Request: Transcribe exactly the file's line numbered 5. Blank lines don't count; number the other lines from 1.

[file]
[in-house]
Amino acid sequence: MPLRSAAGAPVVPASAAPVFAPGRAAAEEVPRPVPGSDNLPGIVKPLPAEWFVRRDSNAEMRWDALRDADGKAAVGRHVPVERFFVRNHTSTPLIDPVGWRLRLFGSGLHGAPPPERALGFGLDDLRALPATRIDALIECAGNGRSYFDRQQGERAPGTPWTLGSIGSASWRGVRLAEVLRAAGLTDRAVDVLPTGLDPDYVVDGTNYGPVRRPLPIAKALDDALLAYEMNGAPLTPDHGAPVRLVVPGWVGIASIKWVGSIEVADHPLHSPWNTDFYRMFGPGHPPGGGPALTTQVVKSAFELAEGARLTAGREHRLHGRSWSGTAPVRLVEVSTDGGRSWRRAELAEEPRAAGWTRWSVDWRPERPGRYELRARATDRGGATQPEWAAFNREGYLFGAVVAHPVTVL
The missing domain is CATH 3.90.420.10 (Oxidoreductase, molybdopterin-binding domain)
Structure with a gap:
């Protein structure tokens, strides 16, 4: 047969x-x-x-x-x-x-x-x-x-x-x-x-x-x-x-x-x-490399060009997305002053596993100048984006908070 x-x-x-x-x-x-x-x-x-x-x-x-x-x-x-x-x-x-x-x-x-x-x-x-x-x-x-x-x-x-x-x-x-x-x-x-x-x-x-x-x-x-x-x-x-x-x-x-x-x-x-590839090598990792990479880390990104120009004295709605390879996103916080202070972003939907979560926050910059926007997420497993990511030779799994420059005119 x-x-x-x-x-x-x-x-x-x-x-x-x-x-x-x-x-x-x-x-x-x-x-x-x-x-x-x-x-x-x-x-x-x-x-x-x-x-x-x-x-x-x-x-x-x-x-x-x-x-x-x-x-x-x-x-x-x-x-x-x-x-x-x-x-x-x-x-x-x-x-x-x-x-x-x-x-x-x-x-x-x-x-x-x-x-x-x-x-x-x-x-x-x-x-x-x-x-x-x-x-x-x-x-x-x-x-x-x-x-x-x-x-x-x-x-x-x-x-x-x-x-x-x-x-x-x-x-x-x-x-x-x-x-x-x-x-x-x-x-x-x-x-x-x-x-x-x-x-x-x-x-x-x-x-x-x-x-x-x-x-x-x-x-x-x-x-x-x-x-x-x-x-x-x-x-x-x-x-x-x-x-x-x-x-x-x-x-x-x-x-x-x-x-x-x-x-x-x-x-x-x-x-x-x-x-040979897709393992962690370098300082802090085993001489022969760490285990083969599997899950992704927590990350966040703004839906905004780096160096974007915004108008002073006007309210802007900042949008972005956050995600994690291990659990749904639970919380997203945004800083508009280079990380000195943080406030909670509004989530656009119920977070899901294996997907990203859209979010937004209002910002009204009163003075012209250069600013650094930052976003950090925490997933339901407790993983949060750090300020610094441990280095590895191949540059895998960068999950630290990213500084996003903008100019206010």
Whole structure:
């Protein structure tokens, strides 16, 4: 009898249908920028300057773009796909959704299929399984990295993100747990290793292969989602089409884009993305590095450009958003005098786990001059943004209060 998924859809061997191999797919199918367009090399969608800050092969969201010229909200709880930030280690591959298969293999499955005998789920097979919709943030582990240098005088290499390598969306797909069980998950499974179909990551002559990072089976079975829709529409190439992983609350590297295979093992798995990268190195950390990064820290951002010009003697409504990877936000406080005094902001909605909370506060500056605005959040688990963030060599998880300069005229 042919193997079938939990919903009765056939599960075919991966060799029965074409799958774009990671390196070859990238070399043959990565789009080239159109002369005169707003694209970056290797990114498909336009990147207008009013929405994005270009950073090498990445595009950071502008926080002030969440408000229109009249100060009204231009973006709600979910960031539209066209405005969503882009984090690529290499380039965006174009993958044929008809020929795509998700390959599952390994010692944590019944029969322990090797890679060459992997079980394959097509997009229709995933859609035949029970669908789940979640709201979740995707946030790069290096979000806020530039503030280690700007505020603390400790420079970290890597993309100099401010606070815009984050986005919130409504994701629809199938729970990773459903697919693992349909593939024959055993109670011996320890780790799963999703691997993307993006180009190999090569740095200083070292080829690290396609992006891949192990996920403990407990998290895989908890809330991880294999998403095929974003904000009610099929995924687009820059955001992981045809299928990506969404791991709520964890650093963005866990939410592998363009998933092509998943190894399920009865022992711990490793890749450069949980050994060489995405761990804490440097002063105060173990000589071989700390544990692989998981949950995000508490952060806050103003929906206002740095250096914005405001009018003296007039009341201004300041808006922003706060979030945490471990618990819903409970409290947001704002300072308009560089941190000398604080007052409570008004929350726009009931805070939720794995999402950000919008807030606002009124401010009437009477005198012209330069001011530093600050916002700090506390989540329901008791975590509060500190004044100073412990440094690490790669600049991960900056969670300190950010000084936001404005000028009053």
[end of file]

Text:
């Protein structure tokens, strides 16, 4: 047969x-x-x-x-x-x-x-x-x-x-x-x-x-x-x-x-x-490399060009997305002053596993100048984006908070 x-x-x-x-x-x-x-x-x-x-x-x-x-x-x-x-x-x-x-x-x-x-x-x-x-x-x-x-x-x-x-x-x-x-x-x-x-x-x-x-x-x-x-x-x-x-x-x-x-x-x-590839090598990792990479880390990104120009004295709605390879996103916080202070972003939907979560926050910059926007997420497993990511030779799994420059005119 x-x-x-x-x-x-x-x-x-x-x-x-x-x-x-x-x-x-x-x-x-x-x-x-x-x-x-x-x-x-x-x-x-x-x-x-x-x-x-x-x-x-x-x-x-x-x-x-x-x-x-x-x-x-x-x-x-x-x-x-x-x-x-x-x-x-x-x-x-x-x-x-x-x-x-x-x-x-x-x-x-x-x-x-x-x-x-x-x-x-x-x-x-x-x-x-x-x-x-x-x-x-x-x-x-x-x-x-x-x-x-x-x-x-x-x-x-x-x-x-x-x-x-x-x-x-x-x-x-x-x-x-x-x-x-x-x-x-x-x-x-x-x-x-x-x-x-x-x-x-x-x-x-x-x-x-x-x-x-x-x-x-x-x-x-x-x-x-x-x-x-x-x-x-x-x-x-x-x-x-x-x-x-x-x-x-x-x-x-x-x-x-x-x-x-x-x-x-x-x-x-x-x-x-x-x-040979897709393992962690370098300082802090085993001489022969760490285990083969599997899950992704927590990350966040703004839906905004780096160096974007915004108008002073006007309210802007900042949008972005956050995600994690291990659990749904639970919380997203945004800083508009280079990380000195943080406030909670509004989530656009119920977070899901294996997907990203859209979010937004209002910002009204009163003075012209250069600013650094930052976003950090925490997933339901407790993983949060750090300020610094441990280095590895191949540059895998960068999950630290990213500084996003903008100019206010």